There was always a grim math to owning one of Quebec's iconic dépanneurs , the ubiquitous corner store that rewarded mom-and-pop owners with long hours and small profits.
But the dep, as the stores are often called in Quebec English, survived in the 1970s and '80s as customers fled to the suburbs and, in the 1990s, as mega-supermarkets and 24-hour chain stores mushroomed.
Dep owners say cut-rate illegal cigarettes from Mohawk reserves are driving them toward insolvency faster than Wal-Mart or Couche-Tard ever managed.
Jun Guo doesn't need the abacus beneath his register to make the calculation: He's open seven days a week from 8 a.m. until 10:30 p.m. He is the enterprise's sole full-time worker, although his wife and oldest son occasionally help out. Bought for $160,000, the store nets about $25,000 a year.
Mr. Guo, 43, works most of the 101 hours a week his store is open. His profit works out to $4.76 an hour.
Forty per cent of his business came from cigarettes when he started out three years ago. That number has been cut in half. His $9 packs are no match for the contraband selling on the street for $1 a pack. And his story is typical.
"I can still eat and put a roof over our heads, but barely," said Mr. Guo, who is married with two sons.
A convenience store industry group estimates some 40 per cent of Quebec's cigarette sales are now black market. In Ontario, the figure is closer to half. The Canadian Convenience Store Association is urging the government to cut taxes on legal cigarettes to reduce the competitive advantage of illegal smokes.
Quebec has about 6,000 dépanneurs , down from 7,200 four years ago. Michel Gadbois, a vice-president of the Quebec dépanneurs association, said the explosion of cheap cigarettes took $260-million in profits out of Canadian convenience stores in 2008, mainly in Quebec and Ontario.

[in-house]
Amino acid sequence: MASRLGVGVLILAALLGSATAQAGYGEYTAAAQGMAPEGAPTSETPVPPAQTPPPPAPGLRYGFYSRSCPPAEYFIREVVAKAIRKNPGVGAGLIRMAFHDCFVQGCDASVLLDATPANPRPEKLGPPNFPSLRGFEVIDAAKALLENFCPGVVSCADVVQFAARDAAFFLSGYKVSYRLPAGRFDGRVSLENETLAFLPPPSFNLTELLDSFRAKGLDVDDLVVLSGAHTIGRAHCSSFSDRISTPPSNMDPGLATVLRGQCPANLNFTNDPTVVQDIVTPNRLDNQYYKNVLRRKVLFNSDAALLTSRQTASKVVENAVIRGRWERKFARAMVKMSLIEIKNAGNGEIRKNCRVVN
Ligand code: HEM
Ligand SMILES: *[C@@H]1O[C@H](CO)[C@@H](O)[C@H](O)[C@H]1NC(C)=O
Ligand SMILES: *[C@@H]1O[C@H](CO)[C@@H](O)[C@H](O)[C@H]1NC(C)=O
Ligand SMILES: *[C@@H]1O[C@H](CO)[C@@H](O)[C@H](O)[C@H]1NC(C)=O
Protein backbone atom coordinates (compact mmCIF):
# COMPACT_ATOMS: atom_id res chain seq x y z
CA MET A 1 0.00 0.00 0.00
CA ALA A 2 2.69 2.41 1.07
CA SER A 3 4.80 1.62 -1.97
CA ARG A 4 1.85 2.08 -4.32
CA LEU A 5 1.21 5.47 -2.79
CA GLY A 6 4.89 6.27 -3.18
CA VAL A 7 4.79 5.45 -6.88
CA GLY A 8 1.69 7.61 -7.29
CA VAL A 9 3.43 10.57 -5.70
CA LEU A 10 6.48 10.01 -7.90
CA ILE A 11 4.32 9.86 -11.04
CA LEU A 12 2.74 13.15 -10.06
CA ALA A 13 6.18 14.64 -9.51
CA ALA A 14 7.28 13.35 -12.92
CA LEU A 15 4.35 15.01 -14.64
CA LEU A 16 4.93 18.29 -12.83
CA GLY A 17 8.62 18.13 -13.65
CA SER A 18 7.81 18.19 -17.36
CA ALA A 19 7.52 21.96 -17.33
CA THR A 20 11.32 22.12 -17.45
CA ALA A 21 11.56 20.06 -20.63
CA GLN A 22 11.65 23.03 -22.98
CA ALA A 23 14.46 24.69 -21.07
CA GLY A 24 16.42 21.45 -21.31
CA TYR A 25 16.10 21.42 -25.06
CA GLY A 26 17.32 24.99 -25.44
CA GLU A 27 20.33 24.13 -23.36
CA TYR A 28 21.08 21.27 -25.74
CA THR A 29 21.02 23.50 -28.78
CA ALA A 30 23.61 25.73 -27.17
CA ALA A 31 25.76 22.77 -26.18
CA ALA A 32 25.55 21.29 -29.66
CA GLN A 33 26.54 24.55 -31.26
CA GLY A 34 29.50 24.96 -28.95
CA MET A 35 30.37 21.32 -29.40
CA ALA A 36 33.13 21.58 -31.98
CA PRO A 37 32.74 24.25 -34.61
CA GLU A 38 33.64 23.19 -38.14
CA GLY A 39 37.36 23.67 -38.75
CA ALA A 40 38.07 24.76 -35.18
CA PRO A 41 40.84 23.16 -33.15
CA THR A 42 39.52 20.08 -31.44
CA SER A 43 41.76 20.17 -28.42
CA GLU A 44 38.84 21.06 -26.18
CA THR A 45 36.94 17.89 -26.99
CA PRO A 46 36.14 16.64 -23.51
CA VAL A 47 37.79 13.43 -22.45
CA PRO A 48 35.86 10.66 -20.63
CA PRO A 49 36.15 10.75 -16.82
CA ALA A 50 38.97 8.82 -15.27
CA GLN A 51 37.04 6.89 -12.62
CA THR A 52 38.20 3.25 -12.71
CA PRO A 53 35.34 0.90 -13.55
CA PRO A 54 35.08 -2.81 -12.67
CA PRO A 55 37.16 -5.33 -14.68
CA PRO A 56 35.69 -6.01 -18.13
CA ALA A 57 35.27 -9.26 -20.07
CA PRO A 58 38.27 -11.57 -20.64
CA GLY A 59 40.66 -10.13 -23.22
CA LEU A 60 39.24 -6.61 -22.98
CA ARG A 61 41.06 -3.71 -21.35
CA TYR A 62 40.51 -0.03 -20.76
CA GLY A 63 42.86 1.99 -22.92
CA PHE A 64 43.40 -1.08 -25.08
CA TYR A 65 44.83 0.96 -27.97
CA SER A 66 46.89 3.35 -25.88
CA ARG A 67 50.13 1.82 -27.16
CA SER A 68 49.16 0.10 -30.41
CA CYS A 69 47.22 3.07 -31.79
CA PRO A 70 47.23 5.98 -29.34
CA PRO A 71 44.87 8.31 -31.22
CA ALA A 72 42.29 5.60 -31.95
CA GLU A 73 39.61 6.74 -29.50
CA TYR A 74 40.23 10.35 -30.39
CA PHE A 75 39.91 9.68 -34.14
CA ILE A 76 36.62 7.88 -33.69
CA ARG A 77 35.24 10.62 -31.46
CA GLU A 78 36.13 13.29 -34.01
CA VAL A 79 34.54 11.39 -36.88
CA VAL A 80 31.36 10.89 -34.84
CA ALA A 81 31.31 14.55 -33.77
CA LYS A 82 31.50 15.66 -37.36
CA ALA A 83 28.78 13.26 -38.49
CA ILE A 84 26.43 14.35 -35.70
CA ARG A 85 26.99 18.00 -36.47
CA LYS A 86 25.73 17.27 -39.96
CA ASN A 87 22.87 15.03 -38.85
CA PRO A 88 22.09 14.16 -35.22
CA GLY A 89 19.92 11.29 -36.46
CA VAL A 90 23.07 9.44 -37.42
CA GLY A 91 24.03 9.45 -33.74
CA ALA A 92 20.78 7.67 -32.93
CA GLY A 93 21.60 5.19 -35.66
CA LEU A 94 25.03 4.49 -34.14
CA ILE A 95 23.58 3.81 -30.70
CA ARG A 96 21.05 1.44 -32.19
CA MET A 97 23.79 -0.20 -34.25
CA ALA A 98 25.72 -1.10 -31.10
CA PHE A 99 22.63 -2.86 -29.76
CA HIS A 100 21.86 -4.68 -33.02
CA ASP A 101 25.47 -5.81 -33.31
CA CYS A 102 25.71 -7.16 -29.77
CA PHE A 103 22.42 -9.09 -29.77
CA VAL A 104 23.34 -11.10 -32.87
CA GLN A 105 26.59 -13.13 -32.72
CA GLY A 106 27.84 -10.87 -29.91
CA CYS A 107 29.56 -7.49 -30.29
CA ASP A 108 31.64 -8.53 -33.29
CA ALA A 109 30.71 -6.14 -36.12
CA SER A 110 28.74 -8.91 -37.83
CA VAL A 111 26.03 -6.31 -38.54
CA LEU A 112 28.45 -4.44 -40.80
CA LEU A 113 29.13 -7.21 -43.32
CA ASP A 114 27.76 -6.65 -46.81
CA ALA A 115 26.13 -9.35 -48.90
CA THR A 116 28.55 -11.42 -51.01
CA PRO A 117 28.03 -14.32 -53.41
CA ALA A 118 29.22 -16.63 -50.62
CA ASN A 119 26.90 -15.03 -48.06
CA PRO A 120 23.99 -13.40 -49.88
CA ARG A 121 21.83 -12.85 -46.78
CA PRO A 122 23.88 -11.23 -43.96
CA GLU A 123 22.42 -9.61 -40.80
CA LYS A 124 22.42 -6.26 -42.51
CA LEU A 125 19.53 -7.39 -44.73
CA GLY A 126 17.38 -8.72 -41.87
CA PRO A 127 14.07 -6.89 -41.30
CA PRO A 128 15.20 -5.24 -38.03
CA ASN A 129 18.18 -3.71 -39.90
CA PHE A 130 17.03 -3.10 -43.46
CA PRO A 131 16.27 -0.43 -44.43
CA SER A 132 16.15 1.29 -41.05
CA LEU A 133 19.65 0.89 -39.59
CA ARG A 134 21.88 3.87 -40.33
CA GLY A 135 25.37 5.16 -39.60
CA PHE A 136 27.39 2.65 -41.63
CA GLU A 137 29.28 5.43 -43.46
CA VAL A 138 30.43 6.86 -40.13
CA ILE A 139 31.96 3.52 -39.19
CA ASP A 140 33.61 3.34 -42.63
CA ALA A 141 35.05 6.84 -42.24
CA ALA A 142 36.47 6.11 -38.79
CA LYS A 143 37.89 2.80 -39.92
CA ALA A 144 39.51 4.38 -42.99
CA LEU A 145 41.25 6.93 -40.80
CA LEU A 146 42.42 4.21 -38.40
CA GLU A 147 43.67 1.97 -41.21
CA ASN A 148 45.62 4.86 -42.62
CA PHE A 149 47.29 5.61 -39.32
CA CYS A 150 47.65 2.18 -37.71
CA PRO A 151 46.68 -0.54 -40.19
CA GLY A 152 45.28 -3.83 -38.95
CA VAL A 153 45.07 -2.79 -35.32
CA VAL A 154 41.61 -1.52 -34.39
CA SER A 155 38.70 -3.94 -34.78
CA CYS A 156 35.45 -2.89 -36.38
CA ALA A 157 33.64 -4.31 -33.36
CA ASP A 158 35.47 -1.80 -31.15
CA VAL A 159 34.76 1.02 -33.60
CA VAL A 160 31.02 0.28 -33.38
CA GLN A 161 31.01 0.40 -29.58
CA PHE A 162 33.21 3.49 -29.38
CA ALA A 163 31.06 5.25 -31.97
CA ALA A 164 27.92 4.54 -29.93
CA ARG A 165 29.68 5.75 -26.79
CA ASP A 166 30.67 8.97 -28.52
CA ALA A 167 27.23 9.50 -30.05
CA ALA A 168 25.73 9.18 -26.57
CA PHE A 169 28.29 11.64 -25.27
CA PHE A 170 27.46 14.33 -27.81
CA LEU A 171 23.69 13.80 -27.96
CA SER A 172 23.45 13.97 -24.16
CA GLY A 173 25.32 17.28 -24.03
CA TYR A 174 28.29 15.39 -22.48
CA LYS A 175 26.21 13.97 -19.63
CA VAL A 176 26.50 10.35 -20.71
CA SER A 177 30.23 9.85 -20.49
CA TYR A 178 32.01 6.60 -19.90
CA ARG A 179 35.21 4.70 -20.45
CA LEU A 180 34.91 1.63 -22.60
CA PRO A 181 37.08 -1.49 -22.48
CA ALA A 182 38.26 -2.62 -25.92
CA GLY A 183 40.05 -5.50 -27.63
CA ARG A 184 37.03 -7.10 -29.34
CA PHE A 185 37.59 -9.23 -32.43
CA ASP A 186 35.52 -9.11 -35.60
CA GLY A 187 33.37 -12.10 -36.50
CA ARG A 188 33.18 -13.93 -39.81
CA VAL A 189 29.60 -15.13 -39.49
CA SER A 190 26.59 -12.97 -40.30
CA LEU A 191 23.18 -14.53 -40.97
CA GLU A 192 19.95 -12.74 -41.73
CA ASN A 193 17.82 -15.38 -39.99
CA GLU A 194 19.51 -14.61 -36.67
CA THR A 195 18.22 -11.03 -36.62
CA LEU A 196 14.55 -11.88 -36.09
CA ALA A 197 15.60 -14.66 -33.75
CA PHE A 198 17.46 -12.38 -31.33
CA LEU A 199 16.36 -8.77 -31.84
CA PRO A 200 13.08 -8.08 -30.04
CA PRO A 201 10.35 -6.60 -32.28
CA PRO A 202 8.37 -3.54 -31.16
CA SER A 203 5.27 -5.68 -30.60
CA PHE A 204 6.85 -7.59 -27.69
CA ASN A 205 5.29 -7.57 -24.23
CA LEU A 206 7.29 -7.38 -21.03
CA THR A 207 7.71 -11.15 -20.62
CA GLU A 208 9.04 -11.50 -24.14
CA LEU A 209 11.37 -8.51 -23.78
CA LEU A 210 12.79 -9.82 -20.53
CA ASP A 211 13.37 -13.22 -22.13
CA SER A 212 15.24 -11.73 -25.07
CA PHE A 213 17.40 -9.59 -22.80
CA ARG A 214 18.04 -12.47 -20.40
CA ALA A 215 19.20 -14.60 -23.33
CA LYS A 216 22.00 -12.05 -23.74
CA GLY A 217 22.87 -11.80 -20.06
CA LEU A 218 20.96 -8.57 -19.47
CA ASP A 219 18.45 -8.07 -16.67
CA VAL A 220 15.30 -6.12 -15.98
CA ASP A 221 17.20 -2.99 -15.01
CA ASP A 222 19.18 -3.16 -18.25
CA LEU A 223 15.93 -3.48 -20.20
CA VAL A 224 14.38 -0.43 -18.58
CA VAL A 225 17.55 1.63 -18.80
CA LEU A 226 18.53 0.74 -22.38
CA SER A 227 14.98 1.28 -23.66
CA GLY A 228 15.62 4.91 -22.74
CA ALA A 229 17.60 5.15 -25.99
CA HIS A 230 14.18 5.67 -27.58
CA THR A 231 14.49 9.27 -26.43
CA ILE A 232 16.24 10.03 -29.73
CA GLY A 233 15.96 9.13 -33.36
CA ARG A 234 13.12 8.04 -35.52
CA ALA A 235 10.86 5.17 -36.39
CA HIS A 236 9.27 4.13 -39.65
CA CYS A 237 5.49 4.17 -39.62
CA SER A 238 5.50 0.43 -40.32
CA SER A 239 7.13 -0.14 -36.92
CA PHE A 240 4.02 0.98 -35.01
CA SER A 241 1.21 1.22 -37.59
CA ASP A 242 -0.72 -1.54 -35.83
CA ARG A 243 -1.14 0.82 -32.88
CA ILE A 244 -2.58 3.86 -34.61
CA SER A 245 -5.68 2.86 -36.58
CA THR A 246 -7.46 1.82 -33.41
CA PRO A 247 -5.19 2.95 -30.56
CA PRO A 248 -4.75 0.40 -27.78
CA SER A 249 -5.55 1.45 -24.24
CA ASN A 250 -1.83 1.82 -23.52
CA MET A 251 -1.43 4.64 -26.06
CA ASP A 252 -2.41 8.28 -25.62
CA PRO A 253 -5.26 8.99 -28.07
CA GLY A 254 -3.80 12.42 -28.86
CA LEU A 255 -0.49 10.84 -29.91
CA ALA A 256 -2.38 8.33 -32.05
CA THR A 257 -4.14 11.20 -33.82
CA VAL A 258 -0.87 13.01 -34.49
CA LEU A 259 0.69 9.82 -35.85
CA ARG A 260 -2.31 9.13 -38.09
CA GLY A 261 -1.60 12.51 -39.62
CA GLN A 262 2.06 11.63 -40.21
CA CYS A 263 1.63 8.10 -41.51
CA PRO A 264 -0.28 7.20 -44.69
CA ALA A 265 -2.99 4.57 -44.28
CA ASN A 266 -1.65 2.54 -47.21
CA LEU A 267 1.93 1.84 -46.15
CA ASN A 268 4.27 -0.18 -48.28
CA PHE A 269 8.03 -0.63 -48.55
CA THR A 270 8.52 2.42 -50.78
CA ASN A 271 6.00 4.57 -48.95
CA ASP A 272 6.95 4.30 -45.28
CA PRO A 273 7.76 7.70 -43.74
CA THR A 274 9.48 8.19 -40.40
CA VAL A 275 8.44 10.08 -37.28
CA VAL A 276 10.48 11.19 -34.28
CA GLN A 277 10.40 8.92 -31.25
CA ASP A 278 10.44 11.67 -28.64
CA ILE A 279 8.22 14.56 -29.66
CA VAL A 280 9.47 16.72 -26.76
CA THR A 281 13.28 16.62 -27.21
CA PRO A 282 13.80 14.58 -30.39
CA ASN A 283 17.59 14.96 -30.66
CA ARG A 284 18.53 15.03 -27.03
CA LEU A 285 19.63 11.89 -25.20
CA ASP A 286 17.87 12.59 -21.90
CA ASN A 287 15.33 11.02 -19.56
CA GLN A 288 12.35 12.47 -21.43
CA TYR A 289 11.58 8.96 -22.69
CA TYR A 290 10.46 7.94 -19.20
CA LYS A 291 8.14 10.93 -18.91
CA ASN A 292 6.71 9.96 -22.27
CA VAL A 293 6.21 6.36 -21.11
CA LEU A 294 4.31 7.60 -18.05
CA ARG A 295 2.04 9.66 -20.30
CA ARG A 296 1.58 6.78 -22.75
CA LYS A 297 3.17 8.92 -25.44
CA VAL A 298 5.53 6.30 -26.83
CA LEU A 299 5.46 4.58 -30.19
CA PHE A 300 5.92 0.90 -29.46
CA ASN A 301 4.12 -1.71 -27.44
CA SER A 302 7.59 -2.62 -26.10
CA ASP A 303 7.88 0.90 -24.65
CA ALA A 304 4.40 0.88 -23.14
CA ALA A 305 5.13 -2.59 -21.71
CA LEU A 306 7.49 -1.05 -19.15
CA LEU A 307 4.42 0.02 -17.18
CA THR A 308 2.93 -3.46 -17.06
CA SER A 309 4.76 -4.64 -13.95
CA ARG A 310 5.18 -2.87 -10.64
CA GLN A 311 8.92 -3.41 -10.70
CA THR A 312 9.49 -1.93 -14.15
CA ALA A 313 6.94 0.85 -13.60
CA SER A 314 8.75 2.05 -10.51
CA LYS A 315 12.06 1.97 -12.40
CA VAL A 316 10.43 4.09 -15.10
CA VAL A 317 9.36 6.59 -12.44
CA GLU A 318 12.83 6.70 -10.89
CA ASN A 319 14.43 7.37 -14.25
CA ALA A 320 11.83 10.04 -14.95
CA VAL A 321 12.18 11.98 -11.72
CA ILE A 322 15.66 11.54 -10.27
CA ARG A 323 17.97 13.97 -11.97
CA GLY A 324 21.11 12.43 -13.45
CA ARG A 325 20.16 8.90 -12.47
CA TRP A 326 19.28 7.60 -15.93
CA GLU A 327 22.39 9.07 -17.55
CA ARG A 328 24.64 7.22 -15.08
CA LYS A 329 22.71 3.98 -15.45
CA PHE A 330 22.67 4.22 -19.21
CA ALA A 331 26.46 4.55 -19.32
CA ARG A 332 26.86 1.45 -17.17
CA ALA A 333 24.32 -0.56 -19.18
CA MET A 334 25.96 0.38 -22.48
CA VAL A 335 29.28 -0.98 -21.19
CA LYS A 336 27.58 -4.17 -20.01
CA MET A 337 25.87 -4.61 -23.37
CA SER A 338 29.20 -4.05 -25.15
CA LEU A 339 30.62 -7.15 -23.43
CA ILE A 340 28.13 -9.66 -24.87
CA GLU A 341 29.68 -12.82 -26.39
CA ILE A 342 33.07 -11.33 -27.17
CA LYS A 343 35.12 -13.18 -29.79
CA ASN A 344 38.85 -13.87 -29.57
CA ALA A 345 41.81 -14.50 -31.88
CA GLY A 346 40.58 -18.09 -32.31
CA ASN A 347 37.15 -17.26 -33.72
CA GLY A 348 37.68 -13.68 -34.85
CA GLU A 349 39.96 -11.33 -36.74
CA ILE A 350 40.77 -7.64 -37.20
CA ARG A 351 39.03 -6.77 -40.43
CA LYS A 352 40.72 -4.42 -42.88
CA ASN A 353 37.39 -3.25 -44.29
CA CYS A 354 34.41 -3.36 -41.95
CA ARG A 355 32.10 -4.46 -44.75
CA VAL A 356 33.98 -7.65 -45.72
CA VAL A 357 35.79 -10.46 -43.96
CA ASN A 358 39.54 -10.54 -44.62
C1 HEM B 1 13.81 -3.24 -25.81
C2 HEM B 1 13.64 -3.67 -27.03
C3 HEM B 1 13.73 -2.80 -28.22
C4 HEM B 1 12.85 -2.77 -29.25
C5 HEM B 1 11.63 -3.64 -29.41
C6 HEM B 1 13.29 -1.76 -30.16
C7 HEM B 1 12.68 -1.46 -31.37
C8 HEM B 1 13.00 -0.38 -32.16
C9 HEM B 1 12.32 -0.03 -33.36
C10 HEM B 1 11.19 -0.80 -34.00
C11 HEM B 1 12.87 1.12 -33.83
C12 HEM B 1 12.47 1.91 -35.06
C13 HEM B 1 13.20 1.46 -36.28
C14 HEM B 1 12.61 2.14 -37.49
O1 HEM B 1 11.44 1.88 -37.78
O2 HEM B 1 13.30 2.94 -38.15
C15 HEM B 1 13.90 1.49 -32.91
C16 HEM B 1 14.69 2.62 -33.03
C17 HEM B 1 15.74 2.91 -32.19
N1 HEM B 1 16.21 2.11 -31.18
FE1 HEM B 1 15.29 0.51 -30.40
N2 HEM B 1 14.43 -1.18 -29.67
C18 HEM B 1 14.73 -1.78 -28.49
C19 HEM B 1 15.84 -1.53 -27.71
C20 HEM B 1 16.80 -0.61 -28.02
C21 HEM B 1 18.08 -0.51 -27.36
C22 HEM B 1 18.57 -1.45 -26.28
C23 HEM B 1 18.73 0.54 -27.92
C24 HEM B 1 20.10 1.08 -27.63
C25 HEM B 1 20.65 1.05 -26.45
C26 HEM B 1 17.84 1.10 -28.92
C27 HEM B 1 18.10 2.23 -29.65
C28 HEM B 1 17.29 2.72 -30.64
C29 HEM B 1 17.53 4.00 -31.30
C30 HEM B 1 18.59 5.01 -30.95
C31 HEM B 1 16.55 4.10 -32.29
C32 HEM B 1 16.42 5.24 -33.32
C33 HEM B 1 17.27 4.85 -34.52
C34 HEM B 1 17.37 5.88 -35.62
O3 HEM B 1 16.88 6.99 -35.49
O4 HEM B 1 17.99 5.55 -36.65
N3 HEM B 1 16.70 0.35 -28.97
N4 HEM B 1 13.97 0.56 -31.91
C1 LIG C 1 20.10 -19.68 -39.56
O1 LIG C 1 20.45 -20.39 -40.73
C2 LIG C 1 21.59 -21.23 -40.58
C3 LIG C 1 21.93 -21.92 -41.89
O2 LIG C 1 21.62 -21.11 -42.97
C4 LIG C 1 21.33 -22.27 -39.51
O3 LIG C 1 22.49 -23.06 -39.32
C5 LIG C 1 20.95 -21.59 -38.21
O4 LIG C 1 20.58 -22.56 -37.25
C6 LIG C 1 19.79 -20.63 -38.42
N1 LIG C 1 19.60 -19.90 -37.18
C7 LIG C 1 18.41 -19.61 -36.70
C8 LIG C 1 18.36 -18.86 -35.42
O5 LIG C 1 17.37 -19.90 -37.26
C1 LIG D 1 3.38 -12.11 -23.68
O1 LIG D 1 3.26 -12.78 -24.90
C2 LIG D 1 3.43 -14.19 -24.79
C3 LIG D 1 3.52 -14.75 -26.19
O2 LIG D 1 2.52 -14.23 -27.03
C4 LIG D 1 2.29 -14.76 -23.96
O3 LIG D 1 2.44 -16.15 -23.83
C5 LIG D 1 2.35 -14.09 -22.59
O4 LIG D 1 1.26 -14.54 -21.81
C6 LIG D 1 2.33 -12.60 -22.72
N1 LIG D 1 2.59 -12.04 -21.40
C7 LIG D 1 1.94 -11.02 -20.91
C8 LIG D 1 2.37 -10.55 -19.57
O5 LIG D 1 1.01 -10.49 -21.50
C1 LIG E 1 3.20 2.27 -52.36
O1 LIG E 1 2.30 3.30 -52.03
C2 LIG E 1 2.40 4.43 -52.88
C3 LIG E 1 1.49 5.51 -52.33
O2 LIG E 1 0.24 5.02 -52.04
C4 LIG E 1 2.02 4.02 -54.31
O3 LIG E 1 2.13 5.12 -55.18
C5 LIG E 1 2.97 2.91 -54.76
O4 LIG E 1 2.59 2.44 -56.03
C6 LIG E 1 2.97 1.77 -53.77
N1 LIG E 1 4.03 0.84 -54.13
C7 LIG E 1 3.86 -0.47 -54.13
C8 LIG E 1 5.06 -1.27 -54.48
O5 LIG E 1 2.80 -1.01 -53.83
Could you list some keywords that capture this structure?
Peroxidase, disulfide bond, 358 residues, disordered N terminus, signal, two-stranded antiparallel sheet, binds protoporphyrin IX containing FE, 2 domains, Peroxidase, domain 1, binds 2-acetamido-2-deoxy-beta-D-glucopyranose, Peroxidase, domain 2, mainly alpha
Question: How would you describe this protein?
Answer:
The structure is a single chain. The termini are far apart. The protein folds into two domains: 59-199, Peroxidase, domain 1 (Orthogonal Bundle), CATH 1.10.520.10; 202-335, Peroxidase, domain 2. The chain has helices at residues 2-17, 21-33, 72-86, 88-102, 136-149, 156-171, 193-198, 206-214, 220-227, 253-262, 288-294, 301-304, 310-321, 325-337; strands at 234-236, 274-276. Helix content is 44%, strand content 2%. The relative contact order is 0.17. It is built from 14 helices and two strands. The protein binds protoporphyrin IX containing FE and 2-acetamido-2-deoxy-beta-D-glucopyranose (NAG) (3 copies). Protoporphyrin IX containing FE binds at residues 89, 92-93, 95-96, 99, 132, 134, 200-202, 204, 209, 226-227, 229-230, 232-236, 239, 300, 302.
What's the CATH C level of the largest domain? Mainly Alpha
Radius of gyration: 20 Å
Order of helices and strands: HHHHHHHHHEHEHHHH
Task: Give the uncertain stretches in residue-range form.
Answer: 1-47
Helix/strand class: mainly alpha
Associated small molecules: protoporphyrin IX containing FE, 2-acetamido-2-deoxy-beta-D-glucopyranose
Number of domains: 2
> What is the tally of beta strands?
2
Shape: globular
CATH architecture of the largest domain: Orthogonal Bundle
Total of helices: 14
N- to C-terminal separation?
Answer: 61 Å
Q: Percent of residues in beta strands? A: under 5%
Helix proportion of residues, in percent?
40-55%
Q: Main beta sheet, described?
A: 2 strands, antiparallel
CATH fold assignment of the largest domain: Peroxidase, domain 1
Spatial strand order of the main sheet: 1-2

"We are losing one dépanneur a day now in Quebec, and it's no coincidence that the contraband cigarette market went from negligible to 50 per cent of the market in four years," Mr. Gadbois said. "It's easily 80 per cent of the problem."
Cigarette prices undercut by criminal distribution networks are not the only challenge facing owners, who often buy the tiny stores to create their own employment upon arriving in Canada.
A few years ago, Quebec eliminated a law that restricted supermarket operations on evenings and weekends.
More recently, those same supermarkets have started offering constant deep discounts on beer - the second sinful pillar of the dépanneur .
Supermarkets often charge Quebec's $22.83 legal minimum for a case of 24 beers, a price convenience store owners can't match. They've asked the province to boost the minimum price.
Then there are the ever-present challenges of life in retail.
"I get ripped off just about every day," said Xavier Shi, who has owned his small tobacco and magazine shop in a poor neighbourhood of east-end Montreal for eight years.
"The police don't even want to talk to you for theft under $10. Almost all of my products are under $10."
About one-third of Quebec's 6,000 dépanneurs are in Montreal, and an estimated 70 per cent of those are run by recent immigrants from Asia. Mr. Guo came from China three years ago. Like many store owners, Mr. Guo is an educated man. He has a degree in mechanical engineering and a few years ago invented a device to increase engine efficiency. It's patented in China.
"My English and French [are]no good," Mr. Guo said, adding that his Chinese engineering diploma is no good in Canada, either.
Wen Bo Li, Mr. Guo's friend, is a chemical engineer. He runs a dépanneur on Beaubien Street that is wedged between a giant chain pharmacy and a 24-hour chain convenience store.
His wife, Wen Bo Yin, is studying French in university. His English is passable but he speaks little French.
"It's hard to find a good job with these language problems," he said. "This is OK to start, but all we do is work."
Dawson Lee just sold his store after 15 years. The head of Montreal's Chinese dep owner association, Mr. Lee arrived at a meeting yesterday impeccably turned out in a pinstripe suit.
"I sell real estate now," he said. "Like for most people, the dépanneur is a first step. We come here, learn English, French. And in the meantime we do what we can do."